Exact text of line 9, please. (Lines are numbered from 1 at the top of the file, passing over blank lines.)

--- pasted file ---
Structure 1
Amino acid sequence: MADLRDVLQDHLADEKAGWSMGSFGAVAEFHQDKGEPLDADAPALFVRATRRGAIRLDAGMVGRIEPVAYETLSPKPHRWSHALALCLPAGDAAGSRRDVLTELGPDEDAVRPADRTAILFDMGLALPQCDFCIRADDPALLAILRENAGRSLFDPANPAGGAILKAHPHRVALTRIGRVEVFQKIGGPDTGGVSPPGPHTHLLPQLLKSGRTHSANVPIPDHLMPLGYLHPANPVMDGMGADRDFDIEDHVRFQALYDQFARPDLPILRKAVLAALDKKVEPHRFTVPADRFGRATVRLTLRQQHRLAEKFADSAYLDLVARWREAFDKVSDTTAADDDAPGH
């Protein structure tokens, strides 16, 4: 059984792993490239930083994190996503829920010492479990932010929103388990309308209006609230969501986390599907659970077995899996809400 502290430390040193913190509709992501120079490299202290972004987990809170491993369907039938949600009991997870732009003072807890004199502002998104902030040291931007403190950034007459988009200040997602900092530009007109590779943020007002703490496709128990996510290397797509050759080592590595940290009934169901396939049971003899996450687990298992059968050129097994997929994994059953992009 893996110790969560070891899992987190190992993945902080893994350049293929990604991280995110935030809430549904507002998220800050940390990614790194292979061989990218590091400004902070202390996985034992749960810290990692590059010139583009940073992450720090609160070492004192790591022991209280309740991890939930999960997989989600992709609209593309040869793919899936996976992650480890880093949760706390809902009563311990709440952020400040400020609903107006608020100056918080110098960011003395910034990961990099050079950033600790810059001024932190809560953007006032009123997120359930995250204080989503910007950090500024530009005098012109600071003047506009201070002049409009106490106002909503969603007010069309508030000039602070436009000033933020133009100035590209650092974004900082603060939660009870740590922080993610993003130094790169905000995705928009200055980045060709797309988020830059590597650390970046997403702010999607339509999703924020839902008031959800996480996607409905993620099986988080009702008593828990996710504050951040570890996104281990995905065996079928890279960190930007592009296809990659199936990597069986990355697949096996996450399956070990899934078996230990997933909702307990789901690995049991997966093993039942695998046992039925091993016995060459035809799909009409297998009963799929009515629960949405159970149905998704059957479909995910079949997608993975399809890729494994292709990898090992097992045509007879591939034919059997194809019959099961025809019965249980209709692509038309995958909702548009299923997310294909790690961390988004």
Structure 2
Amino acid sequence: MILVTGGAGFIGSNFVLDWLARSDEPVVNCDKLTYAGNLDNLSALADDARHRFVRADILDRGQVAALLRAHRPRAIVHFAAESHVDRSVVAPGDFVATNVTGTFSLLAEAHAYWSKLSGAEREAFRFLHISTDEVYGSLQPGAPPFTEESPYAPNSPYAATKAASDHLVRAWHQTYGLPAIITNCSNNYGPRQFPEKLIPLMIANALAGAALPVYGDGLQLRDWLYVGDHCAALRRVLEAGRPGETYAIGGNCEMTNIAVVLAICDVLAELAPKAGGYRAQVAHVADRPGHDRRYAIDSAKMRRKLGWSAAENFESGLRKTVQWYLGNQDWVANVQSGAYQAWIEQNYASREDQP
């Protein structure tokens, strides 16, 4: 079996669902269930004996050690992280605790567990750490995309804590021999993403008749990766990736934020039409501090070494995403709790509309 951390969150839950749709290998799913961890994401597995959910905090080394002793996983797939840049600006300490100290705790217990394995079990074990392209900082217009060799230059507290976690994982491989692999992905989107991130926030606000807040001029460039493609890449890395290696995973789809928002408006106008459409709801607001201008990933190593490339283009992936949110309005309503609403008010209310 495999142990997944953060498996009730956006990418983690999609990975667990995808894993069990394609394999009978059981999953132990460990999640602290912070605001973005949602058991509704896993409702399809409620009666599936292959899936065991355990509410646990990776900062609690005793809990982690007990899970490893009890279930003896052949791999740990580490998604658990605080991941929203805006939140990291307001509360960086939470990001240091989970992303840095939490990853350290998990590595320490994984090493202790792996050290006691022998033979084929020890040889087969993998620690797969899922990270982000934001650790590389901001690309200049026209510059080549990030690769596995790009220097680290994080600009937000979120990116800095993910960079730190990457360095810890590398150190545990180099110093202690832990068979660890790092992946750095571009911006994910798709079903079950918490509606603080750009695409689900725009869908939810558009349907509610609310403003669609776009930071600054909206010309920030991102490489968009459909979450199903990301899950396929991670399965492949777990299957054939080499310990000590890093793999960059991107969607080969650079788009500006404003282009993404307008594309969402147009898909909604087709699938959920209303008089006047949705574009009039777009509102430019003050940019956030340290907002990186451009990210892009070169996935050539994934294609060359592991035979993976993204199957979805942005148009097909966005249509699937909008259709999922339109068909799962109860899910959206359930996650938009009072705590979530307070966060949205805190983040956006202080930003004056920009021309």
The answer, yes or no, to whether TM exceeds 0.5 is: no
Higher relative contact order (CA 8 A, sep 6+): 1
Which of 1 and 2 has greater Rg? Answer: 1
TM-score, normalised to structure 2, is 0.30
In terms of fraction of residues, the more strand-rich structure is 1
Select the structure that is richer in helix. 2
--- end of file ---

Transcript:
Which of 1 and 2 has greater Rg? Answer: 1